In addition to legalizing recreational marijuana with the passage of Prop 1, Michigan rejected a longtime opponent of cannabis law reform, state attorney general Bill Schuette, in favor of the Democrat who supported Prop 1, Gretchen Whitmer, to be the state’s next governor. Whitmer spoke at Hash Bash in Ann Arbor last April.

Democrat and marijuana law reformer Haley Stevens also defeated Republican Lena Epstein in the state’s 11th CD.


Democrat Tim Walz, a longtime supporter of cannabis law reform while a member of Congress, will soon occupy the Governor’s Mansion in St. Paul after his triumph over Republican rival Jeff Johnson,


Democratic Congresswoman Jacky Rosen—a supporter of cannabis law reform in Nevada, which legalized marijuana two years ago—unseated former Republican governor, prohibitionist and incumbent Sen. Dean Heller.

Democrat Steve Sisolak, a supporter of marijuana law reforms, defeated Republican Adam Laxalt, in the governor’s race. Also, Freedom Leaf board member and former Nevada State Senator Tick Segerblom was elected to the Clark County Commission.

New Jersey

Democratic cannabis law reform supporter Tom Malinowski held off Republican political scion Leonard Lance in in the race to represent New Jersey’s 7th CD.

While the defeat of cannabis prohibition foe and Democratic Congressman Beto O’Rourke to Sen. Ted Cruz in Texas is unfortunate, the upset victory by Democrat and former NFL linebacker Colin Allred over longtime Republican pot prohibitionist Pete Sessions in the state’s 32nd CD softens the blow.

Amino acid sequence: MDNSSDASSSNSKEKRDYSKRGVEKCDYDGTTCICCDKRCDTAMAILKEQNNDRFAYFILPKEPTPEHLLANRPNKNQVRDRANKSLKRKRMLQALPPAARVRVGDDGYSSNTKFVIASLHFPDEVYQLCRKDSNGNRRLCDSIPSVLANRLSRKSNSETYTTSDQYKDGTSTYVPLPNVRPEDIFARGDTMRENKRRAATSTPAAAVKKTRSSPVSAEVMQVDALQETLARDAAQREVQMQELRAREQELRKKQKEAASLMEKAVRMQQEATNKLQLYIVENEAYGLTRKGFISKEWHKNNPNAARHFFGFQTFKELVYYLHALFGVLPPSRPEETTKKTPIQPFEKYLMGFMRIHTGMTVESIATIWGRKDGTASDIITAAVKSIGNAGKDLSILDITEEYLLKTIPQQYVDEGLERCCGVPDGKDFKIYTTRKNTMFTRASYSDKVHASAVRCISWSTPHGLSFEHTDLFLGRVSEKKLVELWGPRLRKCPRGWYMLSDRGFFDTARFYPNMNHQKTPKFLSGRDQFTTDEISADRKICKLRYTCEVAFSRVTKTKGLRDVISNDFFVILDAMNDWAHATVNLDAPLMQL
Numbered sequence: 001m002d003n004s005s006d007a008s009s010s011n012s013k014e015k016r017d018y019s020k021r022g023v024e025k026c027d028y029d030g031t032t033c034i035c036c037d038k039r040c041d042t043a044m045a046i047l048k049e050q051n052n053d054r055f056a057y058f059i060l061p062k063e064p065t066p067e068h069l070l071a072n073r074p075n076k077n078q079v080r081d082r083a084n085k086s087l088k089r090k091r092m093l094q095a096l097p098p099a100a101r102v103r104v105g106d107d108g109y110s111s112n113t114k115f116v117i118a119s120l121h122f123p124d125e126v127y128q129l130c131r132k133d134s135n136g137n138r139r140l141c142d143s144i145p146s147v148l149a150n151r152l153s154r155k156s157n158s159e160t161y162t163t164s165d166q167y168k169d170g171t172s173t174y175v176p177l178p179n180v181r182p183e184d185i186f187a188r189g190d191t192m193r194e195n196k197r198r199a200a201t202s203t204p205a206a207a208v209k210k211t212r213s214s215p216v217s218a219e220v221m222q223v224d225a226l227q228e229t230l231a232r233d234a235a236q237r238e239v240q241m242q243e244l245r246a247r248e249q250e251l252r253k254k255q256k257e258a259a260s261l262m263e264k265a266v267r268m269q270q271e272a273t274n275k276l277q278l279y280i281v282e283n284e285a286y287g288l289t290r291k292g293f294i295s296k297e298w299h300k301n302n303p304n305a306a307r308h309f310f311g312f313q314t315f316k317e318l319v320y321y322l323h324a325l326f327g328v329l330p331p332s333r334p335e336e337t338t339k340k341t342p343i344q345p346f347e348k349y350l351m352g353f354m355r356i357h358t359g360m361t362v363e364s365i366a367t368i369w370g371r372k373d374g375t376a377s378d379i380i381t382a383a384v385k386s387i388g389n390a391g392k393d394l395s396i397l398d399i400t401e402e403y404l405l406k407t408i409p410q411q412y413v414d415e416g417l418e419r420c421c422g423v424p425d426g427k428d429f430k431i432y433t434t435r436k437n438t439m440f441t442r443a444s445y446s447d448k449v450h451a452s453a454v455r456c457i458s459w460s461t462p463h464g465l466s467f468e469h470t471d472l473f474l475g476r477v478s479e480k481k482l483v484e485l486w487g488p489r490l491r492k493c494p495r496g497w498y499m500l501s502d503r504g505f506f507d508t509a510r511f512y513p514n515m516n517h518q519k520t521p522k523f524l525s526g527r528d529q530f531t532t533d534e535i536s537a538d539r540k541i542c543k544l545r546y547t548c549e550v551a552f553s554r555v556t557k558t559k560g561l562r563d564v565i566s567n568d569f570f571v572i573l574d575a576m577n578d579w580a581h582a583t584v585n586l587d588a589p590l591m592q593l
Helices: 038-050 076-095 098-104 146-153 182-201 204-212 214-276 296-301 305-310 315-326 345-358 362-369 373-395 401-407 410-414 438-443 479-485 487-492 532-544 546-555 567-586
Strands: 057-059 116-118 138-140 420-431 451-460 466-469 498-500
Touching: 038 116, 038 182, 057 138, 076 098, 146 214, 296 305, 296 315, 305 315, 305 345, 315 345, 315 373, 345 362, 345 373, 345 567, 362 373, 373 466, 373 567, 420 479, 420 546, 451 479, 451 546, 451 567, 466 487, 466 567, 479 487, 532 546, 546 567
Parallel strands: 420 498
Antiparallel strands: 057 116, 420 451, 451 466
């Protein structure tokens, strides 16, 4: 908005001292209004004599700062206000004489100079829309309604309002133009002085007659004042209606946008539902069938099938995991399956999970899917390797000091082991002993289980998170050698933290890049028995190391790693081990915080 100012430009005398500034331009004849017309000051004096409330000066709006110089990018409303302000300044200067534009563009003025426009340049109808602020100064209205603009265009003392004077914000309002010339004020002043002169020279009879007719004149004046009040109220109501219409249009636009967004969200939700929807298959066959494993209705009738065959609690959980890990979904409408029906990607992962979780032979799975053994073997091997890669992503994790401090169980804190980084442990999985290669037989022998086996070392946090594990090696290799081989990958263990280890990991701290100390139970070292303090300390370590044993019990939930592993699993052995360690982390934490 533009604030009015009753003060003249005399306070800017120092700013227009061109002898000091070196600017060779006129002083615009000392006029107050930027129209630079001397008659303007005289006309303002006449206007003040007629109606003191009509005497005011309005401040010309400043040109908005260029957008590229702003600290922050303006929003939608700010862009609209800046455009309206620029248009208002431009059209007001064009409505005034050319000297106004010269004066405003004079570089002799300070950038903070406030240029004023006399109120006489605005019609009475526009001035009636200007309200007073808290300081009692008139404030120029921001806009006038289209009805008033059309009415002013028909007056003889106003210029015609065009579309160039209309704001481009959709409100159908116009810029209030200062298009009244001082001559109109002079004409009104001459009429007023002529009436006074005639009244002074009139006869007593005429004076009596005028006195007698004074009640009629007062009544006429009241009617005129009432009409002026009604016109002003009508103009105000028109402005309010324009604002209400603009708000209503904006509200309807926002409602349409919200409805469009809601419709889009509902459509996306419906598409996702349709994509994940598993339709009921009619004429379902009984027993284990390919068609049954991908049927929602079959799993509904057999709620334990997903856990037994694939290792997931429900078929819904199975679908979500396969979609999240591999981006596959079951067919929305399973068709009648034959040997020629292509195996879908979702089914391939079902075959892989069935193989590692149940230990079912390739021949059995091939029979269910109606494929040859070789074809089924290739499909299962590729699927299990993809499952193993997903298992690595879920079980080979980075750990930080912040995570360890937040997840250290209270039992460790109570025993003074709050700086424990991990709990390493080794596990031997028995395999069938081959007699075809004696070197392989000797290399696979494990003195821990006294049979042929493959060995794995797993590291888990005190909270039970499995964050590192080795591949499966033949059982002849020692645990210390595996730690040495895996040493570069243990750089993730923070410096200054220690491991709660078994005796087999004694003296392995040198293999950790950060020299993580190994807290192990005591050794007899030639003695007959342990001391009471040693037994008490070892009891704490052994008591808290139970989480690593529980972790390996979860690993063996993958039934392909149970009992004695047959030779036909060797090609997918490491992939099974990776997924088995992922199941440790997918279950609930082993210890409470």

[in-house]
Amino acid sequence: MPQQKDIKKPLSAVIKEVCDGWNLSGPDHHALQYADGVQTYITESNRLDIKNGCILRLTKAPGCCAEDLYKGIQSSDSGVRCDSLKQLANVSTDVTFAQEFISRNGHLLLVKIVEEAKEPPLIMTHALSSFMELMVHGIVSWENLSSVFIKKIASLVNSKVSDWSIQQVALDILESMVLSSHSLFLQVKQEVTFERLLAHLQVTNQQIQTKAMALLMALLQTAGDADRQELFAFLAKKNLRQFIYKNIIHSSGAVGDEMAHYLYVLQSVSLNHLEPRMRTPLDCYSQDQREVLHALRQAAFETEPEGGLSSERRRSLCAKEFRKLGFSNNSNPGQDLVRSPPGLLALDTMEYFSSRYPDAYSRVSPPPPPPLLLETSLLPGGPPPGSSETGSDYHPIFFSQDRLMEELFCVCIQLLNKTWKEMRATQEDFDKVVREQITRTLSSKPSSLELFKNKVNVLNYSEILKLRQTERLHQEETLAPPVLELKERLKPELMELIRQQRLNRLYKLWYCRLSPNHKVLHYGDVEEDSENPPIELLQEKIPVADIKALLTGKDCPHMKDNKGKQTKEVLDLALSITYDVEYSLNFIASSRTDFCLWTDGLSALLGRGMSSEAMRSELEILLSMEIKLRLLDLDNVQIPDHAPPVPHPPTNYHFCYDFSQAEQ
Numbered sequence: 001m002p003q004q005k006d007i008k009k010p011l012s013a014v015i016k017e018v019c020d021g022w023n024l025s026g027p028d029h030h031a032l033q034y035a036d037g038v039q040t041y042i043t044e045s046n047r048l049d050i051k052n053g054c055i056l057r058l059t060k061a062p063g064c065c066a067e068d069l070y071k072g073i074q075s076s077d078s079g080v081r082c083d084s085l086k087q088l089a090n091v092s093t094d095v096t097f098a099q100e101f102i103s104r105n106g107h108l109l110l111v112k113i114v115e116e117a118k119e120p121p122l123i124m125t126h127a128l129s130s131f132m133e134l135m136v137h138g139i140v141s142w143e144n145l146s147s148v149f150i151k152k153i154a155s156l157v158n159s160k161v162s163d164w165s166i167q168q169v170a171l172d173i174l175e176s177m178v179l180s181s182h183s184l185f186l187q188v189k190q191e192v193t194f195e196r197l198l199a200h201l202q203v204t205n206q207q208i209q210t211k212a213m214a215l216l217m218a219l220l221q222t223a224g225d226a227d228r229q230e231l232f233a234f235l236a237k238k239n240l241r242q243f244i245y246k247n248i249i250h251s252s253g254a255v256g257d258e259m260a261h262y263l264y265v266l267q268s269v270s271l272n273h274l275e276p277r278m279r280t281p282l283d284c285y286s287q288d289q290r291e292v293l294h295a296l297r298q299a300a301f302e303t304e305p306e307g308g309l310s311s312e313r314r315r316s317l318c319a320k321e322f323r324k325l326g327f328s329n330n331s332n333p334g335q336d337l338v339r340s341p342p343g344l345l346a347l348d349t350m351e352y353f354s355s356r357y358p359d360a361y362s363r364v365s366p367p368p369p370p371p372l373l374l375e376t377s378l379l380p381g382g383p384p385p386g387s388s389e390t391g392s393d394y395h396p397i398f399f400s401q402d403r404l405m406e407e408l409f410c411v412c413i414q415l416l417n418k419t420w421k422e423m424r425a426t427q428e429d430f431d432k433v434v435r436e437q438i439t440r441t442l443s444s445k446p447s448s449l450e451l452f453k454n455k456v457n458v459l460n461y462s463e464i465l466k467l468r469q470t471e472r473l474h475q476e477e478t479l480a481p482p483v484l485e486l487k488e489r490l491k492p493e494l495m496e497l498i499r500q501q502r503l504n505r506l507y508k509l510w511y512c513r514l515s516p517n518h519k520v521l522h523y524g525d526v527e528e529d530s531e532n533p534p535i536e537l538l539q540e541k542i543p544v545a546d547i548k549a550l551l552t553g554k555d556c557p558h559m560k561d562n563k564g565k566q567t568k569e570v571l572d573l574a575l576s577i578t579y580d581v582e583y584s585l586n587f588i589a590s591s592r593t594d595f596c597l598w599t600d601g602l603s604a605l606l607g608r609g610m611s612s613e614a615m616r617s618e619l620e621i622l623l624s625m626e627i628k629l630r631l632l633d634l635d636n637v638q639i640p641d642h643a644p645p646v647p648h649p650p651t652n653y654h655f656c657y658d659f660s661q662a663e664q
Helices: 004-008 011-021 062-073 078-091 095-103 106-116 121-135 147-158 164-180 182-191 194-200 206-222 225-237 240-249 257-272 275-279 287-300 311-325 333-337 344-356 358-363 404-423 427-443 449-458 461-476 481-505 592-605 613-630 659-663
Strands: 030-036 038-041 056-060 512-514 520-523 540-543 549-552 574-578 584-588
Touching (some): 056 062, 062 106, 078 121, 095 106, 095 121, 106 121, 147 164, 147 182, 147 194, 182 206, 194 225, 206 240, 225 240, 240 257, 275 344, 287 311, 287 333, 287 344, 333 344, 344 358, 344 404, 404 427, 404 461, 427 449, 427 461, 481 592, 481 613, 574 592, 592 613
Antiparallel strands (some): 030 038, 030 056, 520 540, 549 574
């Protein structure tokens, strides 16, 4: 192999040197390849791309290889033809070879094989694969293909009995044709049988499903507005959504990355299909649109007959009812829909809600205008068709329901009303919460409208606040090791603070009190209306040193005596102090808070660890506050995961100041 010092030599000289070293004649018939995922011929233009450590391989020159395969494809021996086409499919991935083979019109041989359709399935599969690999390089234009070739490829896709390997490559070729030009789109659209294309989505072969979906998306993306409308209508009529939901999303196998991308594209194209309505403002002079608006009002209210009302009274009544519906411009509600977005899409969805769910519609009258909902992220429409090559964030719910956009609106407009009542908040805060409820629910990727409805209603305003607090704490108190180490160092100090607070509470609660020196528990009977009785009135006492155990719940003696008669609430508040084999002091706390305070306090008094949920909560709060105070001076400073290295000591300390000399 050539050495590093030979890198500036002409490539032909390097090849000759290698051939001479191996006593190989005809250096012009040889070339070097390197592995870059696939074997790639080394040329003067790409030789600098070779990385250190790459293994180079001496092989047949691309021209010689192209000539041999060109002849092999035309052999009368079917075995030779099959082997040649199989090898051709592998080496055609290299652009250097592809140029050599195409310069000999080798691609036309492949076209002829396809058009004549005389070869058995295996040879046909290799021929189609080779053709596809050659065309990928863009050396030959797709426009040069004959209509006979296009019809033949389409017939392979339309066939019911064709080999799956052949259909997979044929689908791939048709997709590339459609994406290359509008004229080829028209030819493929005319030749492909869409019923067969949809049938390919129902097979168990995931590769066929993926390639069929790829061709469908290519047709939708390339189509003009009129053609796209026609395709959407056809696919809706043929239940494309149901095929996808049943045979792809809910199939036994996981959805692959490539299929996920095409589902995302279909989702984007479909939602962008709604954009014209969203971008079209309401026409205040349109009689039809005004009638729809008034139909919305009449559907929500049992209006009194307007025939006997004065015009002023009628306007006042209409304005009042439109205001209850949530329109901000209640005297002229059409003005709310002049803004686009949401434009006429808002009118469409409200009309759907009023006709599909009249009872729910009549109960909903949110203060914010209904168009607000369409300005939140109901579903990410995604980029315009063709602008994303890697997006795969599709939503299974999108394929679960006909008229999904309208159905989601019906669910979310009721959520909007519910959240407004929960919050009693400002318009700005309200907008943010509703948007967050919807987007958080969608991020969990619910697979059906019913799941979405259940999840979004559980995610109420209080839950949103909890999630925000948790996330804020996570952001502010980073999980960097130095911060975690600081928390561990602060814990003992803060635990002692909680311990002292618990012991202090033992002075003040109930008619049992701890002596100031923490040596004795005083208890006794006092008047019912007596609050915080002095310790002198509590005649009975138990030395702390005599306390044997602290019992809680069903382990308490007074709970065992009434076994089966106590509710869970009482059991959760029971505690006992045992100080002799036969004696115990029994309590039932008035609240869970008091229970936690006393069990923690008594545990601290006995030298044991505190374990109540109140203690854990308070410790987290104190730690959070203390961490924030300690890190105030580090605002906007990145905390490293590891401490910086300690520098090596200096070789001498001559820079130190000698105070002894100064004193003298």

New Mexico

Democrat Michelle Lujan Grisham, a supporter of marijuana law reform and harm reduction measures, beat longtime Republican Congressman Steve Pearce to become the state’s next governor. She’ll be the first Latina to hold the office.

New York

The Blue Wave crashed over New York with the re-elections of Democratic Gov. Andrew Cuomo and Sen. Kirsten Gillibrand (D), who has signed on to federal legislation that would change marijuana’s legal status, and elections of newcomers Alexandria Ocasio-Cortez and Anthony Brindisi to Congress.

Also, Democrats won control of the state’s Senate for the first time in 10 years, which bodes well for the eventual passage of the New York’s legalization bill.


Incumbent Democratic governor and marijuana law reform proponent Kate Brown defeated Republican Knute Buehler.

The co-sponsor of the Rohrabacher-Blumenauer Amendment that protects patients and businesses in legal medical-marijuana states, Rep. Earl Blumenauer, was re-elected to another term in the state’s 3rd CD.


Two Democrats who marijuana law reform—Susan Wild and Conor Lamb—were elected to Congress.

In addition, Gov. Tom Wolf, who signed Pennsylvania’s medical-marijuana legislation into law, was reelected.


While the defeat of cannabis prohibition foe and Democratic Congressman Beto O’Rourke to Sen. Ted Cruz is unfortunate, the upset victory by Democrat and former NFL linebacker Colin Allred over longtime Republican pot prohibitionist Pete Sessions in the state’s 32nd CD softens the blow. Sessions’ defeat will have major impact in Congress; as the current chair of the House Rules Committee, he’s successfully prevented dozens of cannabis law reform bills from reaching the House floor.

Related Articles

2018 Election Results: MJ Initiatives Pass in Three States

Jeff and Pete Sessions Get Booted Out of Washington

Pro-Pot Candidates Head the Midterms Ballot

Senate Showdown: 12 Races to Watch